BRIAN LUCAS: I think Australia has been very much ahead of this issue. From the late 1980s the Australian bishops had in place protocols to deal with these matters. That's well known and publicised in our document Towards Healing, that's very available publicly on the bishops' conference website.
The Australian child protection regime would be a model many other countries could usefully follow.[Complacency. It's true that there are strict child protection protocols in place. But that isn't the real issue. The real issue is whether training, attitudes and supervision of priests, not to mention management practices of bishops, are adequate. That's a much more questionable proposition. There are too many recent cases - such as the Newcastle and Toowomba ones, that suggest there is still a long way to go.]
BRONWYN HERBERT: But despite Father Lucas' assertions, a spokesman for the Archbishop of Melbourne has confirmed the church is in discussions with police to change the way it investigates sex abuse claims.
A spokesman for the Archbishop told AM that only one priest has been defrocked since 1996 despite almost 300 sexual abuse claims being substantiated. [Wow, that's a pretty extraordinary statistic. It requires a lot of explaining.]
The victim support group Broken Rites says the church has for too long regarded sex abuse as a sin and not a crime.[And more to the point, not a very serious sin.]"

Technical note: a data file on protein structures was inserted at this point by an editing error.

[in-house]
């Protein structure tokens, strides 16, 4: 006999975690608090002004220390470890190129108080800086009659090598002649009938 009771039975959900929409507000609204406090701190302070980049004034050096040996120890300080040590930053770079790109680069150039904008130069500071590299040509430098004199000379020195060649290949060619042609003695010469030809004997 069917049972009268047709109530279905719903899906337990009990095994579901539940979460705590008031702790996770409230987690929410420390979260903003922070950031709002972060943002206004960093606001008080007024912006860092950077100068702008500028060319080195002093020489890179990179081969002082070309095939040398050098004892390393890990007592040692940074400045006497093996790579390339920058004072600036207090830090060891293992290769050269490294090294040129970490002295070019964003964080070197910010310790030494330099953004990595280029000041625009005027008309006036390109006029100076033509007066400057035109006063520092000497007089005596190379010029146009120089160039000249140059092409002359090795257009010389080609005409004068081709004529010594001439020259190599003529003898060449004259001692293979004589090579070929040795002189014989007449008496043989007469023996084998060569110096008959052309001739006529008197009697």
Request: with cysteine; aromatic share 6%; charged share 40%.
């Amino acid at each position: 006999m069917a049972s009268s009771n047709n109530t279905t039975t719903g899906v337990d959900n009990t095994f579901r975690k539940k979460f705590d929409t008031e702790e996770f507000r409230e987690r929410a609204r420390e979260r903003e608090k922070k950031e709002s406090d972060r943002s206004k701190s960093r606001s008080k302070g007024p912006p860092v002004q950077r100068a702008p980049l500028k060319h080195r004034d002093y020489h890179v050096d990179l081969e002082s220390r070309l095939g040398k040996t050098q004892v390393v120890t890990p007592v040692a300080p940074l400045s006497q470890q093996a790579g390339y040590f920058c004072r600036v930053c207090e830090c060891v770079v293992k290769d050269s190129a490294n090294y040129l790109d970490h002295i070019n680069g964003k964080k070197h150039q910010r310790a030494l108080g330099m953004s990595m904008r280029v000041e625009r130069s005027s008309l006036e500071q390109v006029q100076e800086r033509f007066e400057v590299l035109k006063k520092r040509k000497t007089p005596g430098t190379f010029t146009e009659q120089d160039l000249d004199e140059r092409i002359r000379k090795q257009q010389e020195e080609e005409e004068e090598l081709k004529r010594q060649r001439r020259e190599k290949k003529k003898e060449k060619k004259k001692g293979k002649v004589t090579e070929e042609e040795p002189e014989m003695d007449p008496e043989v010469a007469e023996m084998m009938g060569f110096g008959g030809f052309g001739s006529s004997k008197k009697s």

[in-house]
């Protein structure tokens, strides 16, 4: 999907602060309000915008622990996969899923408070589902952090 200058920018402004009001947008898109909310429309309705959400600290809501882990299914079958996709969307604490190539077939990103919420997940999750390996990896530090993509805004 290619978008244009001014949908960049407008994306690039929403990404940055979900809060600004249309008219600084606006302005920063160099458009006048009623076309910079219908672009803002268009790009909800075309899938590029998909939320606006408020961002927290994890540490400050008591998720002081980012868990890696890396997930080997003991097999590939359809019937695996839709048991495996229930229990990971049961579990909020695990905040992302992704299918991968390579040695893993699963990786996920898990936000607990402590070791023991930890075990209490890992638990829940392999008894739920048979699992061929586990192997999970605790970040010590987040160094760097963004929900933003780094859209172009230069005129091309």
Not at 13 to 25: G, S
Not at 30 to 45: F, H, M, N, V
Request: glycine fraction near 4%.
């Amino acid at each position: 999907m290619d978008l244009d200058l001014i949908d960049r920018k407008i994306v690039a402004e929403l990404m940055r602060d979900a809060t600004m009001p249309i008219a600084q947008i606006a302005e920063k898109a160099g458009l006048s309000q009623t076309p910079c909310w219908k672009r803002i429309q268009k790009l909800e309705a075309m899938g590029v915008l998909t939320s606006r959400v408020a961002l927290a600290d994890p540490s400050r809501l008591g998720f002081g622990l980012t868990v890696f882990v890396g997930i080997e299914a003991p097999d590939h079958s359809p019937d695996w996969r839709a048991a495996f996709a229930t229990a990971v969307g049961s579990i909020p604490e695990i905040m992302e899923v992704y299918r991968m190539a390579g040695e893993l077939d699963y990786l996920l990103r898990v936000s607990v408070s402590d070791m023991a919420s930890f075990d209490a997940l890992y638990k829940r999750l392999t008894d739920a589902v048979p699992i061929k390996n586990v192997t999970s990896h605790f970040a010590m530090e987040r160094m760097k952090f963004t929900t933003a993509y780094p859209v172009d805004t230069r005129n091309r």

So what should the bishops have said?
A better response might have been to acknowledge and point to the Pope's earlier call to penance, and perhaps announced some appropriate gesture for Australia (I'm intrigued by the call for bishops and clergy to do public penance being debated in some US blogs); to the clear message in the 2001 guidelines that cases must be reported to the civil authorities; to point ot the Pope's clear record of tackling these difficult issues head on.
To state (or restate) clearly just what the Australian bishops' record is. How many cases have they in fact referred to the police? How many priests have been removed from ministery and/or laicized in response to credible claims?
Instead yesterday's Canberra Times was graced with yet another whingeing liberal article (unfortunately not available online) continuing the attack from within this time from Bishop Patrick Power (Auxiliary Bishop of Canberra-Goulburn) repeating (albeit in veiled form) his previous calls for women to be ordained, for an end to 'authoritarian' structures, compulsory celibacy and much more as a response to the crisis.
Bishop Power calls for the voices of the faithful, especially of women to be heard. I suspect he doesn't mean voices like mine, however, who actually want a return to orthodoxy, orthopraxis, plus some more accountability and transparency. Nonetheless, hear my voice Bishop Power. I'd suggest some serious meditation on the texts for last week's mass in the EF about the good sheppard vs the hireling (Jn 10:11-16).
This is a time when all of our bishops - all catholics in fact - need to unite behind the Pope and act on the program he has set out - or if in all conscience they can't, they need to get out.